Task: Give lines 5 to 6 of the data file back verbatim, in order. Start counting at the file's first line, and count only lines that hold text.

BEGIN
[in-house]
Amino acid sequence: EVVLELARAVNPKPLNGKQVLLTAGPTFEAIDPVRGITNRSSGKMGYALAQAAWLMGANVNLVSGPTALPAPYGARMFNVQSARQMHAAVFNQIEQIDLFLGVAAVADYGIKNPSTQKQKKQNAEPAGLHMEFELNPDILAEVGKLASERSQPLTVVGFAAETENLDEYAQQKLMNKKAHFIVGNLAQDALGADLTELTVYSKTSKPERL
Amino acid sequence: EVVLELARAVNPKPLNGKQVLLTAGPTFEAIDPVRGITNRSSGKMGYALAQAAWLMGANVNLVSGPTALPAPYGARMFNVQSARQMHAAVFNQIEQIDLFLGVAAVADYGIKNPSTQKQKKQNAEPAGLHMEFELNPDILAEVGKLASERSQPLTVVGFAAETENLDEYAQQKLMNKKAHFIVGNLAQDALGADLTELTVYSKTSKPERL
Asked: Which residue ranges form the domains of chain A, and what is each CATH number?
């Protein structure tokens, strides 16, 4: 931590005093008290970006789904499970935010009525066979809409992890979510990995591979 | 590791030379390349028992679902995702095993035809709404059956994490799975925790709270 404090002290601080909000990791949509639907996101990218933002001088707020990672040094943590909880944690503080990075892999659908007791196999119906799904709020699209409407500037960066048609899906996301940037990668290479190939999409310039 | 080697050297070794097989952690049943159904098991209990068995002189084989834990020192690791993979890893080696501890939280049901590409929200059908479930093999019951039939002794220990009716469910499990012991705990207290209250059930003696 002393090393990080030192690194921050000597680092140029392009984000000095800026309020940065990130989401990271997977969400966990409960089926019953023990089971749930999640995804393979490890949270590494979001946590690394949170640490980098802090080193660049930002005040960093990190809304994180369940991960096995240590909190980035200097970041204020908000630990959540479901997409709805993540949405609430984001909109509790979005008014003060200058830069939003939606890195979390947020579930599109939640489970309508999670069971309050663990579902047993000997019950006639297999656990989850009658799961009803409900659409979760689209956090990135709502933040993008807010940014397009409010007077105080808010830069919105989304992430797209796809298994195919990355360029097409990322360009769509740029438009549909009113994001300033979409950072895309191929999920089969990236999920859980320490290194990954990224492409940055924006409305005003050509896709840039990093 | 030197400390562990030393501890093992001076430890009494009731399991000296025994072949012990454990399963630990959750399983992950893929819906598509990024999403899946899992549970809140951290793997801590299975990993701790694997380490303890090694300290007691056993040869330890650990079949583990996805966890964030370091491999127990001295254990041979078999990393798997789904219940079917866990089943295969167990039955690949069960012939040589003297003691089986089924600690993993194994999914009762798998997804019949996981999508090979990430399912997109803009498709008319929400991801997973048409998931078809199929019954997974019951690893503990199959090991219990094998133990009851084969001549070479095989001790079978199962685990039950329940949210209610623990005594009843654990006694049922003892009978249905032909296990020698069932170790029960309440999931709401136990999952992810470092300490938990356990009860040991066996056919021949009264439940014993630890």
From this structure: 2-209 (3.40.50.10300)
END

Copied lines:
């Protein structure tokens, strides 16, 4: 931590005093008290970006789904499970935010009525066979809409992890979510990995591979 | 590791030379390349028992679902995702095993035809709404059956994490799975925790709270 404090002290601080909000990791949509639907996101990218933002001088707020990672040094943590909880944690503080990075892999659908007791196999119906799904709020699209409407500037960066048609899906996301940037990668290479190939999409310039 | 080697050297070794097989952690049943159904098991209990068995002189084989834990020192690791993979890893080696501890939280049901590409929200059908479930093999019951039939002794220990009716469910499990012991705990207290209250059930003696 002393090393990080030192690194921050000597680092140029392009984000000095800026309020940065990130989401990271997977969400966990409960089926019953023990089971749930999640995804393979490890949270590494979001946590690394949170640490980098802090080193660049930002005040960093990190809304994180369940991960096995240590909190980035200097970041204020908000630990959540479901997409709805993540949405609430984001909109509790979005008014003060200058830069939003939606890195979390947020579930599109939640489970309508999670069971309050663990579902047993000997019950006639297999656990989850009658799961009803409900659409979760689209956090990135709502933040993008807010940014397009409010007077105080808010830069919105989304992430797209796809298994195919990355360029097409990322360009769509740029438009549909009113994001300033979409950072895309191929999920089969990236999920859980320490290194990954990224492409940055924006409305005003050509896709840039990093 | 030197400390562990030393501890093992001076430890009494009731399991000296025994072949012990454990399963630990959750399983992950893929819906598509990024999403899946899992549970809140951290793997801590299975990993701790694997380490303890090694300290007691056993040869330890650990079949583990996805966890964030370091491999127990001295254990041979078999990393798997789904219940079917866990089943295969167990039955690949069960012939040589003297003691089986089924600690993993194994999914009762798998997804019949996981999508090979990430399912997109803009498709008319929400991801997973048409998931078809199929019954997974019951690893503990199959090991219990094998133990009851084969001549070479095989001790079978199962685990039950329940949210209610623990005594009843654990006694049922003892009978249905032909296990020698069932170790029960309440999931709401136990999952992810470092300490938990356990009860040991066996056919021949009264439940014993630890």
From this structure: 2-209 (3.40.50.10300)